On top of everybody’s minds were the effects still being felt by the recent storms that have battered the county in the first few months of this year.
Many councillors took the time to thank workers for their efforts during the clean-up period. Querying the budget, councillors had questions about the roads, tourism, care services and fees and charges. At the start of the debate, discussions resolved around the budget for Highways and Transportation.
Concerns were expressed that the budget for this service had dropped by almost £1.8m from the previous year.
Former Council leader, Councillor John Davies said: “Our carriageways have taken a consistent battering because heavy rain leaves its toll and whether we like it or not, the way we maintain our carriageways is important to maintaining the living and breathing assets of our roads”.
Cllr Michael John added: “The roads are getting particularly poor in some areas”.
Cllr Jacob Williams then also gave his views on the matter: “The budget for the highways really concerns me; by and large the county’s roads are really good. Repairs that are made are done timely, so I think to cut the budget by such a large amount and we need to be careful about that. The roads are so important to such a rural county”.
Councillors then discussed how the Council could encourage economic growth with Pembrokeshire.
Cllr Peter Stock: “It’s important for us to be talking about the quality of services that this county is going to provide. We’re spending money, we’re looking at the future, and the one thing that I do feel we lack on is planning with a vision for the future of our town centres. I do believe we are lagging behind on that. A vision is important. The Welsh Government has said ‘The local authority will have a clear vision of the role and functions of the town centres within their control’.”
Cllr Mike Evans said: “We’re obviously in difficult times as a county. We must use the LDP to help and not hinder local businesses and also to allow growth where there is local need through building”.
Speaking about social care services, Councillor Rhys Sinnett said: “The people are important too. Whilst we are supportive of most of the cost savings proposed within this budget, it’s only right that we raise concerns about how those within the adult social care budget lines will be implemented. At the moment we are being asked to agree these changes without really having the details of how they are going to impact upon some of the most vulnerable in our community. If we do accept this it would have to be with the full assurance of the leader that the outcomes of these consultations will be referred to the relevant committees for their consideration”.
Members then gave their responses to some of the questions that had been raised.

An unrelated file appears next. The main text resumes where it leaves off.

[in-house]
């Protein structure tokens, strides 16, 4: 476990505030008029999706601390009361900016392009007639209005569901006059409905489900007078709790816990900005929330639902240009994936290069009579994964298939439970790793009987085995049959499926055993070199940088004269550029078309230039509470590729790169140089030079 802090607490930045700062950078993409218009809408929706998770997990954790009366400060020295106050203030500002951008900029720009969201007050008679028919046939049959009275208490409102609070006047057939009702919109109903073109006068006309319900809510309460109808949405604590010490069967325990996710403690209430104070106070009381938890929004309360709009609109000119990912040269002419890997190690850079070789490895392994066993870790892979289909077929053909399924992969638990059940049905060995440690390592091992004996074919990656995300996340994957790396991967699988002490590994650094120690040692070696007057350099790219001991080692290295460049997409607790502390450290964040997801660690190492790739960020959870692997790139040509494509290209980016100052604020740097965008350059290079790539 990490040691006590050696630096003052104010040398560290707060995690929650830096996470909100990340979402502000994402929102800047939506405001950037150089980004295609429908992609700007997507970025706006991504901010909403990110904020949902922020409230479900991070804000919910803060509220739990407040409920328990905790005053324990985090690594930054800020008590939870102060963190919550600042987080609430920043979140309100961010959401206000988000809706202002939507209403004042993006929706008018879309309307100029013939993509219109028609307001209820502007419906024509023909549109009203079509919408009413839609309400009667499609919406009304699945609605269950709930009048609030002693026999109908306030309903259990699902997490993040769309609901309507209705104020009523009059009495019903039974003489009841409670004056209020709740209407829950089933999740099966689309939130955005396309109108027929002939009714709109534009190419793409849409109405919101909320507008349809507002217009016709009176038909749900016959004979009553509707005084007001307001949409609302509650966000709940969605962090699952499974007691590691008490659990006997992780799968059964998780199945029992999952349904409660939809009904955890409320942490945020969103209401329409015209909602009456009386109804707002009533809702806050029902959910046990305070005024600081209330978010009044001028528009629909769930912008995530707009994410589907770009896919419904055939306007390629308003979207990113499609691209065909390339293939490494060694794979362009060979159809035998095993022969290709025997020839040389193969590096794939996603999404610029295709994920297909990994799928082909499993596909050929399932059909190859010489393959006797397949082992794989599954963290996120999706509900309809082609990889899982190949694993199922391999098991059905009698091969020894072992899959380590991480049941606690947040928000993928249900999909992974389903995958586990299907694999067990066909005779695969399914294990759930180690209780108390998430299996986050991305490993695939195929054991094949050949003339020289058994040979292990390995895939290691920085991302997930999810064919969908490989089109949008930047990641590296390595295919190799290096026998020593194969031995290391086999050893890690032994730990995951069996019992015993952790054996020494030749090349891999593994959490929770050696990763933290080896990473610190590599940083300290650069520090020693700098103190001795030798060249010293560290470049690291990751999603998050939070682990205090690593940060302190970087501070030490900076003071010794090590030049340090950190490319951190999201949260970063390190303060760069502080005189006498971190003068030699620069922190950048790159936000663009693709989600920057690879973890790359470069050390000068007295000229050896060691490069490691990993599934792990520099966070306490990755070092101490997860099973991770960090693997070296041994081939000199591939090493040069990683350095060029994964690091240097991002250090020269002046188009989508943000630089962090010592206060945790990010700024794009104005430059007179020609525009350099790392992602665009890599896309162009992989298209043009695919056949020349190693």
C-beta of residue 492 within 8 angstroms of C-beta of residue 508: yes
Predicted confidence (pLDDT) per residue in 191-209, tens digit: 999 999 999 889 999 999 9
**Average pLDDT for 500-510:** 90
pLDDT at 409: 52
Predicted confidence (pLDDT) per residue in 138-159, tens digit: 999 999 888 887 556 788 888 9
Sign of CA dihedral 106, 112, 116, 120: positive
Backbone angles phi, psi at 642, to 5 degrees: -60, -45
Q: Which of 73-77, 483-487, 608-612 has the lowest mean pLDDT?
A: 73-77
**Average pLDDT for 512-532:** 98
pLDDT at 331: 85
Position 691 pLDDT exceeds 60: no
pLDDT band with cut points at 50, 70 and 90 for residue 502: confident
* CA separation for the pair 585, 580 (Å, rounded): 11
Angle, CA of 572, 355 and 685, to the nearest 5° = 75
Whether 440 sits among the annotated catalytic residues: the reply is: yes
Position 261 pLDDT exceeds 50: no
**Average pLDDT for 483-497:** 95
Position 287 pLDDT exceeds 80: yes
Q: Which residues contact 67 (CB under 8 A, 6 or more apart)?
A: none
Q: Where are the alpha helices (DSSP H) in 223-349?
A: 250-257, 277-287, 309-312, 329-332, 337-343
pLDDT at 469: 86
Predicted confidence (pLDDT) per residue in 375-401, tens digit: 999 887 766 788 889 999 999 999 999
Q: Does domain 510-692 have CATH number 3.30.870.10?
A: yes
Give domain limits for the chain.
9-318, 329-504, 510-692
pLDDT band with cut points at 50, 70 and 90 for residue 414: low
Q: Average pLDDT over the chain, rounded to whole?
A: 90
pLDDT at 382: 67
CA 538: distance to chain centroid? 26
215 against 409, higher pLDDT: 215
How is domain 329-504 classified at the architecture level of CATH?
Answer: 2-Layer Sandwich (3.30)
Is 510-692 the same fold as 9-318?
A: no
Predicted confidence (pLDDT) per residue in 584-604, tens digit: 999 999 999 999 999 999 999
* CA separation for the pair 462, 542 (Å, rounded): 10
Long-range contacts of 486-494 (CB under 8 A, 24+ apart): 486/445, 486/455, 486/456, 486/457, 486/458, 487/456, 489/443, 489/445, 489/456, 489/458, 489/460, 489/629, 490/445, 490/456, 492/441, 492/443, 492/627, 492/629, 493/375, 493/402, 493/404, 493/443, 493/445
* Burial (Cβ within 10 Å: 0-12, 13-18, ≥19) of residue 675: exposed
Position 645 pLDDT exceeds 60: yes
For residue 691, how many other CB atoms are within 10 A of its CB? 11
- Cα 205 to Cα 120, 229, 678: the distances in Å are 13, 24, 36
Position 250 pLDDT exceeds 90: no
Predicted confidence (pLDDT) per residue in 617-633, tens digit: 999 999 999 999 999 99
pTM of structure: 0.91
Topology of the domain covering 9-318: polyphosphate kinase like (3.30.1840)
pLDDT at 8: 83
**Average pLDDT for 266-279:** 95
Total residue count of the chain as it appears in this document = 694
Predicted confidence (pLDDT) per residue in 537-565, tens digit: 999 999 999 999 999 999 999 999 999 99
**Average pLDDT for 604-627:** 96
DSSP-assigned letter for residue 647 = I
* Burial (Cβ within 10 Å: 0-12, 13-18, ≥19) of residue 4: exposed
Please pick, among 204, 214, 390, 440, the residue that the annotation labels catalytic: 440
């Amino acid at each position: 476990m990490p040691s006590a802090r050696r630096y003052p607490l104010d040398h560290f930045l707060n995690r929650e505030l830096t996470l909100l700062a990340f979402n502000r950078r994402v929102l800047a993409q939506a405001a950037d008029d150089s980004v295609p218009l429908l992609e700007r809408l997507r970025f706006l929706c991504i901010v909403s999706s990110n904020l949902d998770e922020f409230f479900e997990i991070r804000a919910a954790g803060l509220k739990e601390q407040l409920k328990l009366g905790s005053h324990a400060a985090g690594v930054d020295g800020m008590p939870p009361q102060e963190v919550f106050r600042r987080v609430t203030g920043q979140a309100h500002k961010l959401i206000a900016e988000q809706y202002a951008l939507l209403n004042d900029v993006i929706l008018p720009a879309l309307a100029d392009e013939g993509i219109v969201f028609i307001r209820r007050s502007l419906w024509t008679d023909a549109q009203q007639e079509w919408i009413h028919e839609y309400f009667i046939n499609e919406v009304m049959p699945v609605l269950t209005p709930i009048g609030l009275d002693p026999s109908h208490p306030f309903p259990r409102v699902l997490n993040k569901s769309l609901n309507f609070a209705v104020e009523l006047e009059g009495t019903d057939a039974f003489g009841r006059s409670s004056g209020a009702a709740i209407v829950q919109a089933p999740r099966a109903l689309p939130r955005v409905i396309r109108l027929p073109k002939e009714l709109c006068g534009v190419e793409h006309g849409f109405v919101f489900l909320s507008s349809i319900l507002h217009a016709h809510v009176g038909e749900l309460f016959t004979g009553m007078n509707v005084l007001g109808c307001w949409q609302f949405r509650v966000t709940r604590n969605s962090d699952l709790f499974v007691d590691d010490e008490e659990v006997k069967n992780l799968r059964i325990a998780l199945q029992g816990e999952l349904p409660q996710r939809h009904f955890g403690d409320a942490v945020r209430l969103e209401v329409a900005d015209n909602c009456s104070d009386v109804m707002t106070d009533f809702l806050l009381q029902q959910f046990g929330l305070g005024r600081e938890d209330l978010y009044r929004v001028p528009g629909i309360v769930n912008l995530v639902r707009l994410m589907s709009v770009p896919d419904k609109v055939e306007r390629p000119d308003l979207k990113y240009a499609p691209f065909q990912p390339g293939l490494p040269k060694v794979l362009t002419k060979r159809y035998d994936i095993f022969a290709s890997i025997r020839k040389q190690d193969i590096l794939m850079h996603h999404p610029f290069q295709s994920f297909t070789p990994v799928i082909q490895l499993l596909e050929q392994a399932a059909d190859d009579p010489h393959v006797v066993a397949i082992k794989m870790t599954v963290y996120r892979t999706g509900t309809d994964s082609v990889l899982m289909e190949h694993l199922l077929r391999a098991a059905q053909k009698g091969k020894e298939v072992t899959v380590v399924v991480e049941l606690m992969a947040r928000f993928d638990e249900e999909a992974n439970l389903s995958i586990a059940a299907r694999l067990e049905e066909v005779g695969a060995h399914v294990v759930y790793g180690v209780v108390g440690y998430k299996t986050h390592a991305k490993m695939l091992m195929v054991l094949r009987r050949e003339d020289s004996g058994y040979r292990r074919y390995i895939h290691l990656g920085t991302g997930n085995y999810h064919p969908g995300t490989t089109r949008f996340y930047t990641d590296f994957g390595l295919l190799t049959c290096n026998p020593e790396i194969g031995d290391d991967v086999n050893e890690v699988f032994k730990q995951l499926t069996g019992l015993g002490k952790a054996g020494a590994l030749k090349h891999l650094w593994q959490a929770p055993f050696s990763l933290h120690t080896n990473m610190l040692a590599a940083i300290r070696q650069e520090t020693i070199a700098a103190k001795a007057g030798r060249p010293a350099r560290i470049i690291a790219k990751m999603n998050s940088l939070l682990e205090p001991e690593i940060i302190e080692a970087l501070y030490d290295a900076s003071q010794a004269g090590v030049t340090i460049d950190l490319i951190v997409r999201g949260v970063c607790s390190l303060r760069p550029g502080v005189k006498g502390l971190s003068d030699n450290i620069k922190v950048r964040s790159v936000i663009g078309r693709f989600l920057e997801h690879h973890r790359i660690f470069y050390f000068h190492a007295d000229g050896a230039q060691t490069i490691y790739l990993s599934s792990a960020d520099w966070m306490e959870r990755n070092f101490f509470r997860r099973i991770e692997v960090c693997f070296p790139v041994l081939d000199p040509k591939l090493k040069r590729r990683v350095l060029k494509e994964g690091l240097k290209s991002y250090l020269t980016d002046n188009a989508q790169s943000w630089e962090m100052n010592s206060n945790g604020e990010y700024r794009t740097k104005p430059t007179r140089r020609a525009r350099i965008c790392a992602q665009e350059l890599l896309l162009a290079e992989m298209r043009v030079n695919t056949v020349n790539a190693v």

Cllr David Simpson said: “In the past 12 months we have been awarded the Welsh Housing quality standard, we’re one of only three authorities in Wales that actually attained it on time and within the budget and I think that is a tremendous achievement”.
Cllr David Pugh added: “To maintain the level of commitment, we’re now working closely with communities first and we have a better working relationship with planning powers and Pembrokeshire College to deliver these some of these services so although there is a significant cost reduction to the council, the amount of grant that we hope to get is still the same”.
Cllr Pugh went on to say: “Tourism is being taken very seriously and it is a major part of the economy in Pembrokeshire”.
Cllr Sue Perkins said: “We have now got a full complement of social workers. We always need to be careful but in the future we need to carry on working to build on this and to retain our staff; we have to always be on our guard”.
Speaking about leisure facilities, Cllr Elwyn Morse said: “I would always take up the opportunity to improve leisure facilities. I am pleased to report that the cultural services of sport and leisure are committed to continuing the delivery of these valuable services despite having to make cost reduction within their operating budgets”.
Cllr Rob Lewis added: “We have had to take some of these decisions in a very short space of time. We have suffered from cuts in Welsh Government support for the bus service but we have carried out a substantial review with bus users as to how we will move forward in the future. The feedback is that residents would rather have some service than no service at all.”
Cllr Jamie Adams said: “This council, since its inception, has not increased the charges on the Cleddau Bridge.
“With regards to pay and display and car parking, I have been to Ceredigion and Carmarthenshire where I was shocked to be shelling out the sort of sums to park in the high streets of those two counties. I give the assurance that fees and charges in Pembrokeshire are considerably lower than others.
“I give the absolute assurance that any changes to adult social care provisions will be the subject of full equalities impact assessments”.